- What are the attacks attempting to do to my app?
- Where are the attacks occurring within my app?
- Are the attacks successful?
Adding instrumentation and visibility to answer these questions is a primary differntiator of an NGWAF. Once you can answer the REAL attack questions you can positively announce a REAL ROI. If you don’t have enough visibility in your application stacks to answer these three fundamental questions then consider adding instrumentation via an NGWAF. When NGWAF instrumentation is in place, it actually enables you to deploy faster, safer, and with a positive ROI. Remember, “If you can’t measure it, you can’t determine your level of success.”
Remember, “If you can’t measure it, you can’t determine your level of success.”
If you know anything about bug bounties, you know they consistently deliver truly valuable results (when done well), but require constant investment of time and resources, as well as ongoing commitment.
You pay for results, and you pay as it happens. Unlike traditional penetration tests in which testers are compensated for their time and effort, bug bounty programs reward researchers strictly based on real valid and actionable bugs. What sets bug bounties apart from traditional application security testing doesn’t stop at the pay-for-results and phenomenal ROI.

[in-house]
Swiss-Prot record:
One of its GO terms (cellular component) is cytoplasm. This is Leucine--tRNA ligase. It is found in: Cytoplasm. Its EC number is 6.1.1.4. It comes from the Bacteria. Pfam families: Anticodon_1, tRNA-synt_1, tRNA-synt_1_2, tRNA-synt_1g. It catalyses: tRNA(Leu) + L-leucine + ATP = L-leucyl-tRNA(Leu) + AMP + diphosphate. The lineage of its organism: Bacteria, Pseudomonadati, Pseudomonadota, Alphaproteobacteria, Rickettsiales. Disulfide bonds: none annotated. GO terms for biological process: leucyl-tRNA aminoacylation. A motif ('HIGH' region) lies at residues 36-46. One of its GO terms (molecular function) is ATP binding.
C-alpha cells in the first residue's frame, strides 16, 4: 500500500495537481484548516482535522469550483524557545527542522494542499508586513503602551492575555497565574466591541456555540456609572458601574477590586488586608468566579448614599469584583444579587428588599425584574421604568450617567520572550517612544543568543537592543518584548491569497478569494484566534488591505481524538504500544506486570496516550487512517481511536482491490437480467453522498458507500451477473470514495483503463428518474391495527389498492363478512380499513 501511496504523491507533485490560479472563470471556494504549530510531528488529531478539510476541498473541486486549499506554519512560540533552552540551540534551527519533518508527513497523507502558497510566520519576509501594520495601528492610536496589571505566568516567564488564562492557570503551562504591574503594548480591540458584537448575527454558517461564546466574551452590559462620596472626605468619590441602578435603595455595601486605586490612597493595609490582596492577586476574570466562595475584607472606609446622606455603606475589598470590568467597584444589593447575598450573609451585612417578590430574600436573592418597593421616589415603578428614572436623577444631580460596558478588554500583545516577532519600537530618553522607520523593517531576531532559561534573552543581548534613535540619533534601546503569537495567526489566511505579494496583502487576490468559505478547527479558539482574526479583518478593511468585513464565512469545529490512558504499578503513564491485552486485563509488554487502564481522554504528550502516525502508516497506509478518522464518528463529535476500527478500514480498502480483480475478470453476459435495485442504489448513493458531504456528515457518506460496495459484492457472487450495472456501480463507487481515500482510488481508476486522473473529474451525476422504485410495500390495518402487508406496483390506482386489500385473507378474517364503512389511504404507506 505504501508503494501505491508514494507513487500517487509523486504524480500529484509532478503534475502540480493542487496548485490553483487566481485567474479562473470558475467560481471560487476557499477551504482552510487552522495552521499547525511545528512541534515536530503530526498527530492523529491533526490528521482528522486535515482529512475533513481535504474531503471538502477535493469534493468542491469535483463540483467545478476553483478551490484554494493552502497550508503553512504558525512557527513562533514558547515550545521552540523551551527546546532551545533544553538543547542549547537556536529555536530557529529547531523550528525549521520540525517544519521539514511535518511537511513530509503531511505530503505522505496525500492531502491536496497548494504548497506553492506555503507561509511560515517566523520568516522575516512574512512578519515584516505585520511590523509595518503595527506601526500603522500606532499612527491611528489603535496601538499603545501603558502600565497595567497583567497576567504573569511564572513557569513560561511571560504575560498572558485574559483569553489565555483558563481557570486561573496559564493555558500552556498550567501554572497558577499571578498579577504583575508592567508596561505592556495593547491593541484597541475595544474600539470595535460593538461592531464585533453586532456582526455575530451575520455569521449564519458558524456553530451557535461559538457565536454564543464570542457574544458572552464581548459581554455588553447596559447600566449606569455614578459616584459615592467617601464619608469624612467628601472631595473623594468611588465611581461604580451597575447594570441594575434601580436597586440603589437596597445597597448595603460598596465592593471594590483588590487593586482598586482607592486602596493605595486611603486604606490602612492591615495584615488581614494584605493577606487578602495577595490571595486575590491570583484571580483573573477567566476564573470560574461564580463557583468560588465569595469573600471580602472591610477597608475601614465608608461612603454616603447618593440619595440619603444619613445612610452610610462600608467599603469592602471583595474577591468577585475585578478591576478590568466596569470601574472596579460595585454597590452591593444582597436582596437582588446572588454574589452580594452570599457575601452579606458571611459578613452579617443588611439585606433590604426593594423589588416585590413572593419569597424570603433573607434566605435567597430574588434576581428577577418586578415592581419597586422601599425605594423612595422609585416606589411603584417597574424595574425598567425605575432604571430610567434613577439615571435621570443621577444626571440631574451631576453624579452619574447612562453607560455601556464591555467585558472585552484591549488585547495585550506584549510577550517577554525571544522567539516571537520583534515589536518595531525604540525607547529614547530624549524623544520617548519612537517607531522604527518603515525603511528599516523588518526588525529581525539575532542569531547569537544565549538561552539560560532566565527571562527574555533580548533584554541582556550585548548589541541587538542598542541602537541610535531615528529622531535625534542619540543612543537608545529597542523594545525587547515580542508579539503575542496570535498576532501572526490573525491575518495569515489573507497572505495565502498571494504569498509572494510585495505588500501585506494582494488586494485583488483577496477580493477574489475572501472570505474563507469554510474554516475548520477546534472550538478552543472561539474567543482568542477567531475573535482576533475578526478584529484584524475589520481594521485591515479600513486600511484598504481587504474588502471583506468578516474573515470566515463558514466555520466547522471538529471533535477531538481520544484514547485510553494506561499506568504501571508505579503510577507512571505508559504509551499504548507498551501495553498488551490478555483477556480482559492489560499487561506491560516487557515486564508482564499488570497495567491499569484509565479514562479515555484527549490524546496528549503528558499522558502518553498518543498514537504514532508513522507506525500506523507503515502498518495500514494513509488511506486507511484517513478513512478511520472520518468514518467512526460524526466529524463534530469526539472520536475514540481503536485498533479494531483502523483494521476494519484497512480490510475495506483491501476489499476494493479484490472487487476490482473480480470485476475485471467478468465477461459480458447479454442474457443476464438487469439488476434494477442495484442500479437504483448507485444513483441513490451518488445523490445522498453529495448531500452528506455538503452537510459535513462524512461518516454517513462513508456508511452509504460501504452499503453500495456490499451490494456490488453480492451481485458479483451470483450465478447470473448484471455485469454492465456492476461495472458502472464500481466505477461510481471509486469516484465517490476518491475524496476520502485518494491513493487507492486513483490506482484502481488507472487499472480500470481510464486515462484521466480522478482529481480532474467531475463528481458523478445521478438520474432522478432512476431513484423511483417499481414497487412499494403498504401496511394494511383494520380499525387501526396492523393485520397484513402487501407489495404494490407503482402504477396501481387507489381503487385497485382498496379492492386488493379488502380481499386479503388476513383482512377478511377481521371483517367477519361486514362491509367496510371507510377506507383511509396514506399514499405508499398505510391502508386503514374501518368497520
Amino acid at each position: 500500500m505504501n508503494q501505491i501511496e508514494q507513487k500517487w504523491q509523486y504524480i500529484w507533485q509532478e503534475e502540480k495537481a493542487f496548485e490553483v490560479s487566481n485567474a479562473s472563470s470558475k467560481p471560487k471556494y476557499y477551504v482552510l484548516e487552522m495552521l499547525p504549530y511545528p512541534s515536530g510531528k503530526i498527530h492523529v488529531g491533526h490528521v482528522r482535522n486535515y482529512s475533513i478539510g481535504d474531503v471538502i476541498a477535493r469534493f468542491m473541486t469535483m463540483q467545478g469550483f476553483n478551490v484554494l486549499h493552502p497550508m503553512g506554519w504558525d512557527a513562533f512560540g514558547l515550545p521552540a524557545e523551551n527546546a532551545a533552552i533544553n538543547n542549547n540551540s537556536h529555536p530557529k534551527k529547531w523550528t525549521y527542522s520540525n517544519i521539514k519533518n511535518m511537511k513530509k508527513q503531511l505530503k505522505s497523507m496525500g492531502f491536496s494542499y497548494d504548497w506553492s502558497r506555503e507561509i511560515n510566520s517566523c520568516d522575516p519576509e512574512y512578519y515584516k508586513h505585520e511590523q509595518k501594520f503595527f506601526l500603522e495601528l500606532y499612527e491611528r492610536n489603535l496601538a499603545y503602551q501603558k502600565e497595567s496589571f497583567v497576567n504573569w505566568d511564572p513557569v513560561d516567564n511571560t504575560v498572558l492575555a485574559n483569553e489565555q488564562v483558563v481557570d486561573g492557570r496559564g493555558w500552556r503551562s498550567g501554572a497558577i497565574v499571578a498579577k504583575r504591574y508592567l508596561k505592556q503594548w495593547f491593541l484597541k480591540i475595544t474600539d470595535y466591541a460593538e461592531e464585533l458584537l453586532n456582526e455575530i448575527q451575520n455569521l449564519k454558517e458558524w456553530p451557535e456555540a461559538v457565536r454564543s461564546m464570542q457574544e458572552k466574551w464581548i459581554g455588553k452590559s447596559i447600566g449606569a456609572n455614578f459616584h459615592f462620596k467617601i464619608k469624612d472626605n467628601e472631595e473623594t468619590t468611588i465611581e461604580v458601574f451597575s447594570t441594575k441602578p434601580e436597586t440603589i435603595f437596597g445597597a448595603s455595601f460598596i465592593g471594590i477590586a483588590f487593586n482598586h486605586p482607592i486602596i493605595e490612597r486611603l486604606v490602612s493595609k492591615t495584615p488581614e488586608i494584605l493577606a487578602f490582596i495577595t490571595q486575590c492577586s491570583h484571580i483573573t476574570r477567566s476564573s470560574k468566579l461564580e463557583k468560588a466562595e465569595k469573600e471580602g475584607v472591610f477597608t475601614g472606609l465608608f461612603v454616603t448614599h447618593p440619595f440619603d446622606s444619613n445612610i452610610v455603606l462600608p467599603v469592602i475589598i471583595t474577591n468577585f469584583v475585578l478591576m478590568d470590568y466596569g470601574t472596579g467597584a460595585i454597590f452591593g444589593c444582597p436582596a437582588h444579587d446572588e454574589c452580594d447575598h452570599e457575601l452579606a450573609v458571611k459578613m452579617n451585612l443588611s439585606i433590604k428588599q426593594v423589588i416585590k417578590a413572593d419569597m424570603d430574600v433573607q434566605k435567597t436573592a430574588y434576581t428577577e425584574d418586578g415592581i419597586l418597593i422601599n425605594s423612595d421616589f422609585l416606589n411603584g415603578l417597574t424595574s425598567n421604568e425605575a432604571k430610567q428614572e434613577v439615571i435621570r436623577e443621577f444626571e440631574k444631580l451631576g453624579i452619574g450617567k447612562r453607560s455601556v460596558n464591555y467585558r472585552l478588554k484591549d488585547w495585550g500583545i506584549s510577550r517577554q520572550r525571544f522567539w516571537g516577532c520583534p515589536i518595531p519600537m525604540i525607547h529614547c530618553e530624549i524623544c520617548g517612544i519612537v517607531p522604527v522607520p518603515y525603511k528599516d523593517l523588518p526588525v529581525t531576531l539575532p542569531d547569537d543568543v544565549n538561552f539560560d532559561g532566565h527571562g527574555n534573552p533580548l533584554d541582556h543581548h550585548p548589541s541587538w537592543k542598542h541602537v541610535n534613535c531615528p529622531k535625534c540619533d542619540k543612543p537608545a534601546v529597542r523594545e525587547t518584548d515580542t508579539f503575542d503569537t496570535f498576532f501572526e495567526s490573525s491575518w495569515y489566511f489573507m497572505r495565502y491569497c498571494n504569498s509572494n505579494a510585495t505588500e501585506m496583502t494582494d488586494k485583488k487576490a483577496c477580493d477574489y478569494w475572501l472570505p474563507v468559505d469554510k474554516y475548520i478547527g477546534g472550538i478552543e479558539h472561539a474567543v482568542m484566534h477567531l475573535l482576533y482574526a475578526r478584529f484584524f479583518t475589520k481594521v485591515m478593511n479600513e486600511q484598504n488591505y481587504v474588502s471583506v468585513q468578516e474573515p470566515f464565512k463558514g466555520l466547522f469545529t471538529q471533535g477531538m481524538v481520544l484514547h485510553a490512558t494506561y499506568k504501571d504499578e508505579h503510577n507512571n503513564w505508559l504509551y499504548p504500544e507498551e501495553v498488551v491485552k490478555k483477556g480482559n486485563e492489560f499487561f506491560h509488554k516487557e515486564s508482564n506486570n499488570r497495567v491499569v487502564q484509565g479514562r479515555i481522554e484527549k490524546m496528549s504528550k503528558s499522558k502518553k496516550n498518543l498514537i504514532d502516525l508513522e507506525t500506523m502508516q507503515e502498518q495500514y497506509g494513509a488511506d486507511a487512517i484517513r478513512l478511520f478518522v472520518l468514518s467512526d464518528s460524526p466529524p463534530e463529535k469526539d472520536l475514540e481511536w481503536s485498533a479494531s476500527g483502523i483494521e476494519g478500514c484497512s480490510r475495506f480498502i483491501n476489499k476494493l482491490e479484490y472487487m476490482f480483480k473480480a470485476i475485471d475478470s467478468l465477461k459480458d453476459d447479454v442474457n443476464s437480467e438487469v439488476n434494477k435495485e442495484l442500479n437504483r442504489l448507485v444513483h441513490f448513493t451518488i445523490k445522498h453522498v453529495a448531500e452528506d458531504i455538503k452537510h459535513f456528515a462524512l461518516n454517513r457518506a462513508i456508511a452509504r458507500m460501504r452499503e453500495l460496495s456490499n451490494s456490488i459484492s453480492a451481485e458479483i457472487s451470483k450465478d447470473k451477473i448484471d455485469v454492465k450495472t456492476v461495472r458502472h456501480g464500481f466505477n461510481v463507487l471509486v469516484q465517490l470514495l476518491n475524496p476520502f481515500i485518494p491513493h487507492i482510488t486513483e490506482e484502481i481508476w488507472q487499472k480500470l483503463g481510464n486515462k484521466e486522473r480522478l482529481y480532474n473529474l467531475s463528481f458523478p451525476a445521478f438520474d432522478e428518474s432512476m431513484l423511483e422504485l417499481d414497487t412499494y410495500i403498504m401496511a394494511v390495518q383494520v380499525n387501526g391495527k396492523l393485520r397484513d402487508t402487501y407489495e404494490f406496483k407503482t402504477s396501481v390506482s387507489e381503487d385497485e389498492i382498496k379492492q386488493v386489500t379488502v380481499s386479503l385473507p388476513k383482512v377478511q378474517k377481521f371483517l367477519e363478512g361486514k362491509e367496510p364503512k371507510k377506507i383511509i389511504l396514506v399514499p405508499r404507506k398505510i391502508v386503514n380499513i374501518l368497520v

Continuous Value, Continuous Confidence
By nature, bug bounties welcome hackers from around the world, with differing skillsets, levels of expertise and perspectives, to deliver continuous security testing on your terms. Because of the volume of the various backgrounds and locations, crowdsourcing allows researchers to test apps at all times. As in any marketplace, researchers test when the odds of finding results are greater, which is why, when programs first kick off, the untouched targets are very popular. Then, after that initial activity, when programs are updated, targets are added, or new versions are released, researchers come back.
Unlike traditional point-in-time solutions, bug bounties provide testing on an ongoing basis, with increased value when it’s most needed. Also unlike traditional methods, investment follows the same guidelines. What is more, the return associated with crowdsourced security programs produces return more than just results—in the form of confidence. With such depth and breadth of testing, you can be sure that even if the results aren’t pouring in, the best hackers gave it their all, and came up empty handed. If that’s not confidence in the perceived elimination of risk (and a good night’s sleep) I don’t know what is…
Intangible value: Reputation, Relationships & Internal Education